Iraqi militants have abducted a number of foreign nationals since violence erupted in Shia and Sunni parts of the country early this April.
16 April: Three Czech journalists are freed and declare themselves in good condition. They were captured outside Baghdad on 11 April.
16 April: A Canadian aid-worker, Fadi Ihsan Fadel, one of the first hostages to be taken (on 7 April), is reportedly freed and delivered to the office of radical Shi'ite cleric Moqtada Sadr in Najaf.
16 April: A Danish man "is most probably being held", says the Danish government, following reports that he was kidnapped earlier in the week while working on a sewage project.
16 April: A Sunni cleric says a Chinese man is released after being kidnapped on Wednesday, but Chinese authorities do not confirm the report.
15 April: Three Japanese civilians, abducted on 8 April, are released unharmed. But two other Japanese are reported missing.
14 April: An Italian, 36-year-old Fabrizio Quattrocchi, becomes the first foreign hostage to be confirmed killed in Iraq. Three other Italians are still held.
14 April: French journalist Alexandre Jordanov, who was taken hostage with a colleague on 11 April, is freed.
13 April: Five Ukrainian and three Russian energy workers are released unharmed, a day after being kidnapped while relaxing in the courtyard of their Baghdad home.
12 April: Militants abduct four Italian civilians working for a private US security company. Releasing a video of the four, the captors demand the withdrawal of Italian troops from Iraq and release of all clerics held in Iraq. Prime Minister Silvio Berlusconi says there can be no question of Italy withdrawing its 3,000-strong contingent.
12 April: Seven Chinese men are released, a day after being seized in Falluja. Two were injured in a car accident during the course of the abduction, but their injuries were minor and a Chinese official described the released hostages - agricultural workers apparently attracted to Iraq by high wages - as "fine".
11 April: Sunni militants abduct two French journalists on a road between Baghdad and Karbala. One is released the next day, but Alexandre Jordanov, an employee of CAPA television news agency, remains in captivity for a further two days. No demands received from the abductors, CAPA says.
11 April: A British contractor, Gary Teeley, 37, is released six days after being kidnapped in Nasiriya. He said he had been freed "with the help of Arab tribes in the region".
11 April: Three Czechs are reported missing. A two-man TV crew and a Czech Radio reporter are abducted north of Baghdad while travelling in a taxi to Amman, says the taxi firm.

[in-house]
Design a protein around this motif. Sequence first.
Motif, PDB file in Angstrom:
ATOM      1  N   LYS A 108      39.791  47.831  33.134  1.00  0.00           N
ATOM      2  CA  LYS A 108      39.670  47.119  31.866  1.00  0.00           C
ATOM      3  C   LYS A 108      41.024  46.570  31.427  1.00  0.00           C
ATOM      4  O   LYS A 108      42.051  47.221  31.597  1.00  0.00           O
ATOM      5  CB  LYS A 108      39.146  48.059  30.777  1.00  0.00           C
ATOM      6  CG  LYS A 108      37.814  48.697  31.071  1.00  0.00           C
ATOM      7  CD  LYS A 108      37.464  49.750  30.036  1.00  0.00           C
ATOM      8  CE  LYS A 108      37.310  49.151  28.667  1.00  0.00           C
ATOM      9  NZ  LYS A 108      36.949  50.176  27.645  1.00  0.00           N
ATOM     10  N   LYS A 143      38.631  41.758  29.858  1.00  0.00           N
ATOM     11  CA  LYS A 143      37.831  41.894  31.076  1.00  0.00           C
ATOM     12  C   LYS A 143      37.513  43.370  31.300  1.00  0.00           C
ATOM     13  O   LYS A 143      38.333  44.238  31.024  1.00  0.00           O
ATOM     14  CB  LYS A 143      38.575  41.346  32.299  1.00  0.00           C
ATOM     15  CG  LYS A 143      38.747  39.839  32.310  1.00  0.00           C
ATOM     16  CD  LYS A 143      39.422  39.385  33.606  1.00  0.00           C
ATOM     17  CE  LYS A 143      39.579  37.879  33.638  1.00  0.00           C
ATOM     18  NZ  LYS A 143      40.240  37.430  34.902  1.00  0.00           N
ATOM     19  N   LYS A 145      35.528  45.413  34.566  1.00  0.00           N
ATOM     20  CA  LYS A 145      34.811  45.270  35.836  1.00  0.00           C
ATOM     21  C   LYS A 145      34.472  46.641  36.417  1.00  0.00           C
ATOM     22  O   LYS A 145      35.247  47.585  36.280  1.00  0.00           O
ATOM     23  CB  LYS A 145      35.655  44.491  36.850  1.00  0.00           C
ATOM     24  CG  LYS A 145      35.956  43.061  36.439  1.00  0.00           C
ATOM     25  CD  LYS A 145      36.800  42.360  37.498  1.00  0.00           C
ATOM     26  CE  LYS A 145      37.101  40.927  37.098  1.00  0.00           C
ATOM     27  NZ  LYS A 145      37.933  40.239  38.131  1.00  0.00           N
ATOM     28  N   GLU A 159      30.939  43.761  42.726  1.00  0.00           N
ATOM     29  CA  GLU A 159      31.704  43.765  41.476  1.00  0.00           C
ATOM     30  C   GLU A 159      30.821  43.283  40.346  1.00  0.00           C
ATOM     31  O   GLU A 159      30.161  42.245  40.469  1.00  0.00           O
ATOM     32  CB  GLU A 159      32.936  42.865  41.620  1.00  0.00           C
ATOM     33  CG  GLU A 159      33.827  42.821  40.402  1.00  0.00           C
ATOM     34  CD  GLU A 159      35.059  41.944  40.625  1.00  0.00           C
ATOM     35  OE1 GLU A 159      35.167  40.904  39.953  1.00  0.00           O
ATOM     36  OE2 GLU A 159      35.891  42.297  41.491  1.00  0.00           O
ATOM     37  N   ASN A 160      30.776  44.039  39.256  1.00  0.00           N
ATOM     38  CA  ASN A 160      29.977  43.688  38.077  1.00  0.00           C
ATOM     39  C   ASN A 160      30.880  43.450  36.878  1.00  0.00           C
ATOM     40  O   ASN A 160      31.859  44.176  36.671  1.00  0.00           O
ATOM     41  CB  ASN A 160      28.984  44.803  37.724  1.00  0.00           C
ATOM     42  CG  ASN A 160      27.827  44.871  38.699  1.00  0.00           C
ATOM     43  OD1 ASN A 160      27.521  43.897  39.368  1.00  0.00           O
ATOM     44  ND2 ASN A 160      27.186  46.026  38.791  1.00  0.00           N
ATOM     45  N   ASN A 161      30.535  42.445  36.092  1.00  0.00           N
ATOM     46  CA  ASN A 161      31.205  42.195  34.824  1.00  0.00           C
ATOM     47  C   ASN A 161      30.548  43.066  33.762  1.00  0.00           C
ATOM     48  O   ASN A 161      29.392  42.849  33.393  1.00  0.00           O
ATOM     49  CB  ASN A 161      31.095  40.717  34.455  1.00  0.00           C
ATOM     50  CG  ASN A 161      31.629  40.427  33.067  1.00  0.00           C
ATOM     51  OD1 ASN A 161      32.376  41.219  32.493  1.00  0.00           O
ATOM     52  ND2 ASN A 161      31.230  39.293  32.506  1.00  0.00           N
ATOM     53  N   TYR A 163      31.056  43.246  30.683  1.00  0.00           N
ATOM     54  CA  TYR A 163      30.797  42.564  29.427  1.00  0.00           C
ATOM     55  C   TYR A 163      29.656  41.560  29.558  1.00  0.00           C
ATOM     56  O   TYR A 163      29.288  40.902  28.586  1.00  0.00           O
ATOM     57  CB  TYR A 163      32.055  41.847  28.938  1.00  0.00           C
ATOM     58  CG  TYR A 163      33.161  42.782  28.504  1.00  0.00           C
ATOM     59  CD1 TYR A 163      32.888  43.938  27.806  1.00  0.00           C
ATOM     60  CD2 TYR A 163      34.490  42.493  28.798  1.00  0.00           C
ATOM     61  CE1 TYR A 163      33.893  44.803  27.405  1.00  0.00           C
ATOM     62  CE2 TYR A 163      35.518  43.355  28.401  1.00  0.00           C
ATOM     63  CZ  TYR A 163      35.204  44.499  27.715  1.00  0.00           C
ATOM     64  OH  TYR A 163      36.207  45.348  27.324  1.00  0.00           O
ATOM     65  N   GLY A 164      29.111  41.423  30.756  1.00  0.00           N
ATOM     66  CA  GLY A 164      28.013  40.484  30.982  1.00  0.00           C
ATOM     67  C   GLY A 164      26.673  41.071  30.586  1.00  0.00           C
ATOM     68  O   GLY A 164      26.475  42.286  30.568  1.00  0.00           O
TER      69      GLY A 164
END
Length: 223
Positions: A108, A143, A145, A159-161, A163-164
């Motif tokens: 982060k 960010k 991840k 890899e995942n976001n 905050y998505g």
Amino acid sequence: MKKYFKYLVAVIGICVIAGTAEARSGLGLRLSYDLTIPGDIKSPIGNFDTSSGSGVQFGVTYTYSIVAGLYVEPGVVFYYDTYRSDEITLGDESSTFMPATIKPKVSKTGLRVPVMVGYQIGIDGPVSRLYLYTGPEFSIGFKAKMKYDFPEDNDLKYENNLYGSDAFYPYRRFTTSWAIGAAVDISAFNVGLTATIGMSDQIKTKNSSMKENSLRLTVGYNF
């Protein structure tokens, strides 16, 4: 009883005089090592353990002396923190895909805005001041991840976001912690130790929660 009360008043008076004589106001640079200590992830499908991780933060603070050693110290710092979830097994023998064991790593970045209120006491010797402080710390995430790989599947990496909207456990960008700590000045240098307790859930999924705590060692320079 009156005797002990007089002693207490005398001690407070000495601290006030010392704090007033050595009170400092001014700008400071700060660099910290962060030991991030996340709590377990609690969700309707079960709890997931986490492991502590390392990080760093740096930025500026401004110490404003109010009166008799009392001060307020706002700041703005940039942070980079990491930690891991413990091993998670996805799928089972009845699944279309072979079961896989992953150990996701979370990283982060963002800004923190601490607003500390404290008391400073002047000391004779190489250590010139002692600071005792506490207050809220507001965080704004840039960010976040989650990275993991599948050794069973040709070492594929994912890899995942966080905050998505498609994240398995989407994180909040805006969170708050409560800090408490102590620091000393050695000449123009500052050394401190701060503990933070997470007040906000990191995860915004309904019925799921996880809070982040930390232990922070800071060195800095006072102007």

9 April: A US truck-driver Thomas Hamill, 43, is seized following an attack on a convoy west of Baghdad. His captors threatened to kill him if the US siege of Falluja was not lifted 11 April - but there has been no word on his fate since then. The US military says two US soldiers and seven employees of American oil firm Kellogg, Brown and Root are still missing after the same attack. However, it is not clear whether they have been kidnapped.
8 April: Three Japanese civilians are abducted and are believed to be held near Falluja by a group calling itself the Mujahideen Brigades. Japan names the hostages as: Noriaki Imai, 18, a researcher; 34-year-old aid-worker Nahoko Takato; and photojournalist Soichiro Koriyama, 32. The militants release a video of the three being held at gunpoint and threaten to burn them alive if Japan does not withdraw its troops from Iraq. However, they are eventually released after a week in captivity.
8 April: Seven South Korean missionaries are freed after being held briefly near Baghdad. An eighth person escapes.
8 April: Iranian TV broadcasts video of 30-year-old Nabil George Yaacub Razzuq, an Israeli Arab aid-worker thought to have been abducted in the Shia city of Najaf. A previously unknown group, Ansar al-Din, demands the release of all Iraqis being held by coalition forces.
7 April: Canadian aid-worker Fadi Ihsan Fadel, 33, is abducted in the Shia city of Kufa. Mr Fadel was working for the New York-based relief group International Rescue Committee. His brother said he may have been mistaken for an Israeli spy.
Unconfirmed reports speak of other foreign nationals being abducted and then freed, including Turks, Pakistanis, a Nepalese, a Filipino and an Indian. At least some of them had been working as lorry-drivers for the coalition.
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